# Thread: Domain Of Functions

1. ## Domain Of Functions

Hello Everybody ,

I am working on some exercises here , about the domains of some given functions , but my solutions differ than the book ones... Am i wrong in something or the book has indeed mistakes ???

Asks for the domain of the function : f(x) = logx4

The solution it gives me is : D(f) = (0,1)u(1,-oo).

Firstly , why (1,-oo)? i think it's obviously a mistake , what's your opinion?

Also , do i really need (0,1) wouldn't it be better if i only had D(f) = (1,+oo) ?

Thaks in advance for your answers !!!

2. Originally Posted by Homo-Sapiens
Hello Everybody ,

I am working on some exercises here , about the domains of some given functions , but my solutions differ than the book ones... Am i wrong in something or the book has indeed mistakes ???

Asks for the domain of the function : f(x) = logx4

The solution it gives me is : D(f) = (0,1)u(1,-oo).

Firstly , why (1,-oo)? i think it's obviously a mistake , what's your opinion?

Also , do i really need (0,1) wouldn't it be better if i only had D(f) = (1,+oo) ?

Thaks in advance for your answers !!!
$\displaystyle f(x) = \log_x(4)$

$\displaystyle x$ is the base of the logarithm ... the base of a log can be any positive value other than 1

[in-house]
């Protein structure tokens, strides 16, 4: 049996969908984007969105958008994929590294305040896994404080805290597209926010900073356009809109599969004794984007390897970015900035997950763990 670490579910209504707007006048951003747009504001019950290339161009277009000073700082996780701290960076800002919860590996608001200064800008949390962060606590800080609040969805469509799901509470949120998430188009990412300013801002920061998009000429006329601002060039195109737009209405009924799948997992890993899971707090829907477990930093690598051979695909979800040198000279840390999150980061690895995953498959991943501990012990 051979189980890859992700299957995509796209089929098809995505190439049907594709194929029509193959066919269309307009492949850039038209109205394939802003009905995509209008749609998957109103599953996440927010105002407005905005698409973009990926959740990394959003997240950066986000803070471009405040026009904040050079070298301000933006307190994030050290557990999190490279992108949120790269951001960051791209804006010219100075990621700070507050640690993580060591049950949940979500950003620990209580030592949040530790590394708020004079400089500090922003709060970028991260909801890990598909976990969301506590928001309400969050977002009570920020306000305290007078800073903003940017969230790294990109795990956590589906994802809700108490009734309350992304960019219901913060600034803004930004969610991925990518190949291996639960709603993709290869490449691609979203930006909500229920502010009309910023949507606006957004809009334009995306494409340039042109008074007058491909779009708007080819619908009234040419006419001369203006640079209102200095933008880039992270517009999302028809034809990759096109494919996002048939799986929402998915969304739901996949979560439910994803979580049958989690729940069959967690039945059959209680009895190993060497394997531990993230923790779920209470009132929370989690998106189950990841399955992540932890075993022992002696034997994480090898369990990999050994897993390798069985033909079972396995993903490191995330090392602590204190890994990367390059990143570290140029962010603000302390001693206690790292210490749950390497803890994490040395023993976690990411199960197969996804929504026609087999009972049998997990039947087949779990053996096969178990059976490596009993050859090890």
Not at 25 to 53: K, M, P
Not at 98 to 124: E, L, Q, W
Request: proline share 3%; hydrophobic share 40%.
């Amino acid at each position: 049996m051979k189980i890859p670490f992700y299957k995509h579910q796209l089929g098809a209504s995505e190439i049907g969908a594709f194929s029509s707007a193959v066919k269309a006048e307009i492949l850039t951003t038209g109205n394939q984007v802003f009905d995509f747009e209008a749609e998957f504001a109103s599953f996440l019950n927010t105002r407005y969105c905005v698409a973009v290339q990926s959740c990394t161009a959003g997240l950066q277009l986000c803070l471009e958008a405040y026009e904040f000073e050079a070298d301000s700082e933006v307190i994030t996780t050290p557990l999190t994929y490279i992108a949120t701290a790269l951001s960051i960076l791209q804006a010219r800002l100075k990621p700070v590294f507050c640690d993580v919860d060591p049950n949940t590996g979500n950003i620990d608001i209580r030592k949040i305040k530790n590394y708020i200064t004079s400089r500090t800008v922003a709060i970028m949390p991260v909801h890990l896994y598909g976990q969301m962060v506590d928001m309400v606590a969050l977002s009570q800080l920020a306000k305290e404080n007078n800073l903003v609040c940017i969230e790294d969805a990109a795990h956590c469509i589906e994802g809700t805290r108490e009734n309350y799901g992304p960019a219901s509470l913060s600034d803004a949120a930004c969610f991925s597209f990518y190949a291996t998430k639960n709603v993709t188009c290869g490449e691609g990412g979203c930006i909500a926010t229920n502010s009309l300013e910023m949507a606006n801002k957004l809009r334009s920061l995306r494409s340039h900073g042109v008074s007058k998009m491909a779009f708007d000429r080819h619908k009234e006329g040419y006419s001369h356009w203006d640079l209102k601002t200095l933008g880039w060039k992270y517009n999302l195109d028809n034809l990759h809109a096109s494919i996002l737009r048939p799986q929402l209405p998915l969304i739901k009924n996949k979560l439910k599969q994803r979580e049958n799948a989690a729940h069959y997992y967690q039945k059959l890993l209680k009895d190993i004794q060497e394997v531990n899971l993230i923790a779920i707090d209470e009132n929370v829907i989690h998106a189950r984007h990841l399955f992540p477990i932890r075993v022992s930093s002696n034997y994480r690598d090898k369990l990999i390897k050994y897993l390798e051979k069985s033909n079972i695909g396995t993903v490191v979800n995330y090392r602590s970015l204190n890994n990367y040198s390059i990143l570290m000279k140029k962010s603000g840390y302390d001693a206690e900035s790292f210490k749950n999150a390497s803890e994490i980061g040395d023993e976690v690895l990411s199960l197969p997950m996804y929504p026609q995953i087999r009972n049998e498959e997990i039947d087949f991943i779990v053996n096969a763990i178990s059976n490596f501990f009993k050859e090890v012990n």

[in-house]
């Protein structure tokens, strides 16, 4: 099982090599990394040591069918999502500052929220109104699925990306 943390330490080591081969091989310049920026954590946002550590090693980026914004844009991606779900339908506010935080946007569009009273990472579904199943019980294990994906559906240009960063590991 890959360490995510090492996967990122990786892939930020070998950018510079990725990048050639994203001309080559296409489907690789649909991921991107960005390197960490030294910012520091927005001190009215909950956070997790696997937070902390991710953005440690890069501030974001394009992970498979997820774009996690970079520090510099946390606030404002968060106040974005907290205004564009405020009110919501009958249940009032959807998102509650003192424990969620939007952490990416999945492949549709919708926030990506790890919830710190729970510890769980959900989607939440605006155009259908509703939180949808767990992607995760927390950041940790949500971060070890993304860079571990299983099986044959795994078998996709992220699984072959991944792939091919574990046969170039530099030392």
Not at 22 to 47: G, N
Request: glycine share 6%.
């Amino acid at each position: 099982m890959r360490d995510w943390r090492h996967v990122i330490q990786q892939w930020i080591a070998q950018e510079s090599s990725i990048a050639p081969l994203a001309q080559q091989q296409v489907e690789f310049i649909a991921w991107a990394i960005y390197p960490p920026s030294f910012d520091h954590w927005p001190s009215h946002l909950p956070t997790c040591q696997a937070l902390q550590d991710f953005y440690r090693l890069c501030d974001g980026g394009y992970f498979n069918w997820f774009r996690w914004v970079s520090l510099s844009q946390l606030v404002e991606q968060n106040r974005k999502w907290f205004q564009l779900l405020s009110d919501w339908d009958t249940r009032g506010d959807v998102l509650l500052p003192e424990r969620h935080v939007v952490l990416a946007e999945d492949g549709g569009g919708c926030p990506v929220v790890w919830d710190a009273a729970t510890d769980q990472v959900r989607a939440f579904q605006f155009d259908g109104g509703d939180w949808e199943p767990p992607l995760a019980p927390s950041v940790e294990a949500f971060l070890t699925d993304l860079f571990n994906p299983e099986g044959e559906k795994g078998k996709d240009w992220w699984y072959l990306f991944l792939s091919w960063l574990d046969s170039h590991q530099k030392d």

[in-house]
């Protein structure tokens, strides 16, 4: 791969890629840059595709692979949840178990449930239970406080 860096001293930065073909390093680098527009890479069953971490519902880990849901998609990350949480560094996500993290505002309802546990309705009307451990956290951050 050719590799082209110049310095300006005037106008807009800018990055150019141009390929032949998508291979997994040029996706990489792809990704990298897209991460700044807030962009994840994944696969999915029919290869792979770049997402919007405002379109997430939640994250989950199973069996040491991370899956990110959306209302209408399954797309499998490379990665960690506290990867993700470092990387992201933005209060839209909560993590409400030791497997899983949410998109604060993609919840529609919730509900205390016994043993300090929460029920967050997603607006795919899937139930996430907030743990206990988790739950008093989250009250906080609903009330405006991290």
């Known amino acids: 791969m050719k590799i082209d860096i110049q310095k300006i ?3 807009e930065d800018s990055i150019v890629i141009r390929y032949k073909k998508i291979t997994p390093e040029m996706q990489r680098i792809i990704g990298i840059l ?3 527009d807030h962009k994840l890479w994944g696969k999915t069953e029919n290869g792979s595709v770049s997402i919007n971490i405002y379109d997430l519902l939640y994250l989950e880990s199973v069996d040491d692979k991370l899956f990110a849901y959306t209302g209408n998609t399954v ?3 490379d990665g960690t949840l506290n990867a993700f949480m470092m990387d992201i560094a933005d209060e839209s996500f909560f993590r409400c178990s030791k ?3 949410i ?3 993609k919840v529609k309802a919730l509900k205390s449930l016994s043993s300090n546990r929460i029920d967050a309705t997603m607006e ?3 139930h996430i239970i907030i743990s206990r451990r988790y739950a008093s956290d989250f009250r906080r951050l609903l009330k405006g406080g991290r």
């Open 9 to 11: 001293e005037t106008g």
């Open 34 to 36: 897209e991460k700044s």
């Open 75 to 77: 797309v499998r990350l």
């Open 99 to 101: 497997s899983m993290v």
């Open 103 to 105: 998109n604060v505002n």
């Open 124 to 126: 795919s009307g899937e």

$\displaystyle x \in (0,1) \cup (1,\infty)$

in my opinion, it's a typo.

3. ## Reply

There are a lot of typo's then, since :
- intervals are written with square brackets for real intervals, and braces for integer intervals, but never round brackets.
- infinities are conventionally always excluded from intervals.

4. Originally Posted by Bacterius
There are a lot of typo's then, since :
- intervals are written with square brackets for real intervals, and braces for integer intervals, but never round brackets.
Definitely not...

$\displaystyle [-1,1] = \{x \in \mathbb{R} : -1 \leq x \leq 1\}$
While
$\displaystyle (-1,1] = \{x \in \mathbb{R} : -1 < x \leq 1\}$
And
$\displaystyle (-1,1) =\{x \in \mathbb{R} : -1 < x < 1\}$

That is, square brackets indicate inclusion of the end point, while round brackets do not.

- infinities are conventionally always excluded from intervals.
This is also incorrect. The notation $\displaystyle (a,\infty ), (-\infty, \infty ), (-\infty, b]$ is very commonly used.

Skeeter is correct, I believe... there seems to be a typo. Also,

Also , do i really need (0,1) wouldn't it be better if i only had D(f) = (1,+oo) ?
This is not a question of need... It is a question of "can I substitute these values of x to the equation such that it would still hold?"
In this case (for the interval (0,1)), the answer is yes, so it must be included in the answer.

5. ## Reply

Then conventions are not exactly "conventions". From where I come (France), we write :

4 < x <= 5 -> x C ]4; 5]

(C is "belongs to", but I have to read this tex tutorial)

And : 3 <= x -> x C [3; +inf[
And : x > 9 -> x C ]-inf; 9[
And for R -> ]-inf; +inf[

Of course, "inf" is the rotated 8, but again the tex tutorial is waiting for me.

I guess the exclude bracket (]-inf) is equivalent to your round bracket ((inf), is that right ? If so then mea culpa, I don't know all math writing in english countries yet since I just moved some weeks ago. I'm only willing to learn but this is going to take some time though.

6. In which countries does this notation apply ? (just to know)